Dean
        • 2 Years Ago
        @k.naz
        Actually, it does have proper handling, and driving feel. Not sports car handling, but very impressive nonetheless for the kind of car that it is.
          k.naz
          • 2 Years Ago
          @Dean
          I don't doubt that, but according to who? Just because Autocar thought it was nice doesn't mean we should take it for granted. Don't forget, it's all subjective, hence why I typed pending as it needs further testing by more auto journalists, Chris Harris included.
      rmyoafno666
      • 2 Years Ago
      I'm sorry but those headlights are extremely retarded... how is it possible that they thought those were acceptable?
      Making11s
      • 2 Years Ago
      Good thing it's fast. When the front of your car looks like that, you want people behind you.
      • 2 Years Ago
      [blocked]
        XGM
        • 2 Years Ago
        It really does come down to how well the car and engine work together. There have been several iconic cars that managed great performance out of a V6, examples of that would be the Jaguar XJ220, Honda NSX and Nissan GTR. Also keep in mind they don't want to step on Ferrari's toes too much. If you truly wanted the V12, Ferrari have the F12 for that.
        • 2 Years Ago
        [blocked]
          • 2 Years Ago
          [blocked]
          carcrazed4life
          • 2 Years Ago
          A BMW 740Li xDrive starts at $80k. I'd imagine Maserati is charging a slight premium, but not out of the extraordinary to compete with cars in this range. That is why they have options like AWD, and the V6TT similar to the BMW motor. An Audi A8L 3.0 is at $78,500 and still a forced induction 3.0l 6 cylinder. So its not unheard of folks. Jaguar and Audi have pretty much scrapped the v12. Many other premium cars including the BMW 7 and Mercedes S will follow.
      Plamen
      • 2 Years Ago
      It looks like a Kia.
        Alex
        • 2 Years Ago
        @Plamen
        Love this turn of events: KIA rips off luxury car designs. Luxury cars now look like KIAs.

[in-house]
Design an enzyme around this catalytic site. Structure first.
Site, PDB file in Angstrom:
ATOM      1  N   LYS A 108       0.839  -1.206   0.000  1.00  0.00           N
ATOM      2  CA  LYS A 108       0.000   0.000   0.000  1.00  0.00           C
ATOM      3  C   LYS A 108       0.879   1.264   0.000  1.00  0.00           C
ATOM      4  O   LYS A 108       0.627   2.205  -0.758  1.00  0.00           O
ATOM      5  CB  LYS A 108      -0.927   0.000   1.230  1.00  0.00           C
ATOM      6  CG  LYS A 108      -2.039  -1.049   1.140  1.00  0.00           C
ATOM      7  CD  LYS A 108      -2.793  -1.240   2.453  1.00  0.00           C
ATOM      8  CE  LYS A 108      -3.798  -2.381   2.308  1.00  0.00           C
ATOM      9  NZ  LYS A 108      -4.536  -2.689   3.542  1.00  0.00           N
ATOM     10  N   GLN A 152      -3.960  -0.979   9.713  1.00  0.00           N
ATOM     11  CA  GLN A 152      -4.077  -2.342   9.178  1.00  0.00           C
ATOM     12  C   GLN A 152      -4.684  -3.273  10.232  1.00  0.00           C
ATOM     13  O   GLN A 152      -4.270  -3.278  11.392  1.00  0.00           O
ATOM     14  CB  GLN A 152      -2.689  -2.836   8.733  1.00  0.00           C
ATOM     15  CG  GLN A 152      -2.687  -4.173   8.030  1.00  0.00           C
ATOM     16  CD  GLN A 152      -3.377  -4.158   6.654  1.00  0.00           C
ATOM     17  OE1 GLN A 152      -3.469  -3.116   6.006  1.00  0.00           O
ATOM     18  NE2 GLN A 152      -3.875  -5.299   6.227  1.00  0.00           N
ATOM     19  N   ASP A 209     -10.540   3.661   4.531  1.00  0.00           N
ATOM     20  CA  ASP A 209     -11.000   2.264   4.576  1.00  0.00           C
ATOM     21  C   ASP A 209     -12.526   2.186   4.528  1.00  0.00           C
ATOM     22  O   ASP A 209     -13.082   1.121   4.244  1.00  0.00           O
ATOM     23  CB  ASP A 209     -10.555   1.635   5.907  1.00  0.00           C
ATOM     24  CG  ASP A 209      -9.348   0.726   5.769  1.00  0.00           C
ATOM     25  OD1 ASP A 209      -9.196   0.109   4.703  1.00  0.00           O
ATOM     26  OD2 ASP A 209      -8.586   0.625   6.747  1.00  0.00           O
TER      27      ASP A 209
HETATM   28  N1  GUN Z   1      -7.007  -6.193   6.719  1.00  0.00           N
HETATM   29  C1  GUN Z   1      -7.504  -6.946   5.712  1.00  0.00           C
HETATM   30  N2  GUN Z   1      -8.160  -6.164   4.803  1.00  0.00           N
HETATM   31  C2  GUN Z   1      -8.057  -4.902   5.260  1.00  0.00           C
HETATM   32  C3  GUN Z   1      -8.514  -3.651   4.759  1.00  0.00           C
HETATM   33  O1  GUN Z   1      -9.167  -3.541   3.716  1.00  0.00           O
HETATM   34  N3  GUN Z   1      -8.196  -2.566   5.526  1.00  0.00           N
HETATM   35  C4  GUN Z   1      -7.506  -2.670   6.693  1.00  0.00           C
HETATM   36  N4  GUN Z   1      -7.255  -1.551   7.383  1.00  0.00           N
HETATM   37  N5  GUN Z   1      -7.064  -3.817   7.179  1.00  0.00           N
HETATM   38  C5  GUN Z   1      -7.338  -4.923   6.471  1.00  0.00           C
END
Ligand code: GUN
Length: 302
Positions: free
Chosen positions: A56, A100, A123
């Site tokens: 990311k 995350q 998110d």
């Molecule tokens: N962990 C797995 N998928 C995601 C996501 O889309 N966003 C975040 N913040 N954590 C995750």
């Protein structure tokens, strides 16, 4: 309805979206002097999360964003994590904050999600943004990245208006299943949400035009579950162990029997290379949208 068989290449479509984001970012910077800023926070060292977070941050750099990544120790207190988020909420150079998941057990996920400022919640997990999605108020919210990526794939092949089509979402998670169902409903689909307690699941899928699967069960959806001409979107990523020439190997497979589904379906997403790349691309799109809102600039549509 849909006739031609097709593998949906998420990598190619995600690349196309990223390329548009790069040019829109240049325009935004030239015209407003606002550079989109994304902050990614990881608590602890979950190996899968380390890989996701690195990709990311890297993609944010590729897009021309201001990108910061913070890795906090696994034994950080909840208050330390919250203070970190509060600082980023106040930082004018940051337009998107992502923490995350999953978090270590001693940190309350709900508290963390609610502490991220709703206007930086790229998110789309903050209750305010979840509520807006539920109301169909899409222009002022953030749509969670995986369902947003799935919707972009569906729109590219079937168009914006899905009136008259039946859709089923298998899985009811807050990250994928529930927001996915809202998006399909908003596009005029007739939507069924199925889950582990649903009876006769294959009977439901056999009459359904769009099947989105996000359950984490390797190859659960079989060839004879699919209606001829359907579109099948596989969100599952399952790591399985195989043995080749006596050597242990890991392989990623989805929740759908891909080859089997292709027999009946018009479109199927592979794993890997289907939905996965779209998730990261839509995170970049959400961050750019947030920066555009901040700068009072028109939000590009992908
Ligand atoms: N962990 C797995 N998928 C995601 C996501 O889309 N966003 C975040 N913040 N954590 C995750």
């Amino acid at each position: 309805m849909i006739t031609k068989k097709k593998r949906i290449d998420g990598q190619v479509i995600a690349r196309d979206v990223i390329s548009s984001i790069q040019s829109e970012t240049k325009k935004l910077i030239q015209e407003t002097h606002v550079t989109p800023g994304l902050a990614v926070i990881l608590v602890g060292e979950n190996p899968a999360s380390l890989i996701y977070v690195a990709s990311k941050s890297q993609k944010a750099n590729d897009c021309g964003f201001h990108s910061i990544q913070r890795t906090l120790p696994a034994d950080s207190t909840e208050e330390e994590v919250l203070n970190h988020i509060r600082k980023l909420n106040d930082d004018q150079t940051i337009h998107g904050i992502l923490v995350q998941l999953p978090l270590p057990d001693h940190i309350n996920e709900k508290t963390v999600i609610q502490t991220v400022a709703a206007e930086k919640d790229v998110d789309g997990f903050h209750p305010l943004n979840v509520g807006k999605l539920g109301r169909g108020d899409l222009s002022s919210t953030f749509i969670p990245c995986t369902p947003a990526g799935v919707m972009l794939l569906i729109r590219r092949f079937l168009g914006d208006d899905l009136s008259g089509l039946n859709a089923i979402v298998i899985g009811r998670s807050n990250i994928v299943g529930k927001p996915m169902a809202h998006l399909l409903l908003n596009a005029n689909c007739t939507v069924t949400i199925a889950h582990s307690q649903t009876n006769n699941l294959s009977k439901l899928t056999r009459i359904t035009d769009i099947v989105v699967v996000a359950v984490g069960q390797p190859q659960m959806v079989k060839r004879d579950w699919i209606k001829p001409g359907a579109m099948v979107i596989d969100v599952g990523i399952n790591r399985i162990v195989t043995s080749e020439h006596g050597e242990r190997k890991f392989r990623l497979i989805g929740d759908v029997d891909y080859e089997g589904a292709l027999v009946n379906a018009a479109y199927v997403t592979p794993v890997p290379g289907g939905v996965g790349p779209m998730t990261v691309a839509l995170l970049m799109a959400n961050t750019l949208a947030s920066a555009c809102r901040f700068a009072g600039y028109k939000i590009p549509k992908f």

MAX
        • 2 Years Ago
        @Plamen
        Which KIA does it look like?
      Monthra 77
      • 2 Years Ago
      Still looks like a Buick.
      • 2 Years Ago
      [blocked]
        Greg
        • 2 Years Ago
        I'm sure a lot of people will be cross shopping the 2014 Infiniti G Sedan with the Quattroporte...
          • 2 Years Ago
          @Greg
          [blocked]
        Awhattup
        • 2 Years Ago
        and much much smaller and at every corner!!!
      Rr778
      • 2 Years Ago
      So the Maserati will no longer share engines with the Ferrari and will now feature Jeep engines?
        desf
        • 2 Years Ago
        @Rr778
        When did exactly Maserati shared its engines with Ferrari? If you mean previous V8, it wasn't. It was just designed and built BY Ferrari FOR Maserati, same as these.
        Matt
        • 2 Years Ago
        @Rr778
        Pretty sure all the engines are still being engineered by Ferrari. What Jeep has a twin turbo 6/8?
      Awhattup
      • 2 Years Ago
      Very nice, but some still makes me want to take the S class over this.
        • 2 Years Ago
        @Awhattup
        [blocked]
      ChaosphereIX
      • 2 Years Ago
      love maser engines, their sounds are intoxicating. Reason I am buying a 4.2 Gransport is mostly for that sound. Turbos mean lots of torque and easy tunability too. AWD option is nice too for those who dont want all that torque steering them into a 360 spiral into a tree
        • 2 Years Ago
        @ChaosphereIX
        [blocked]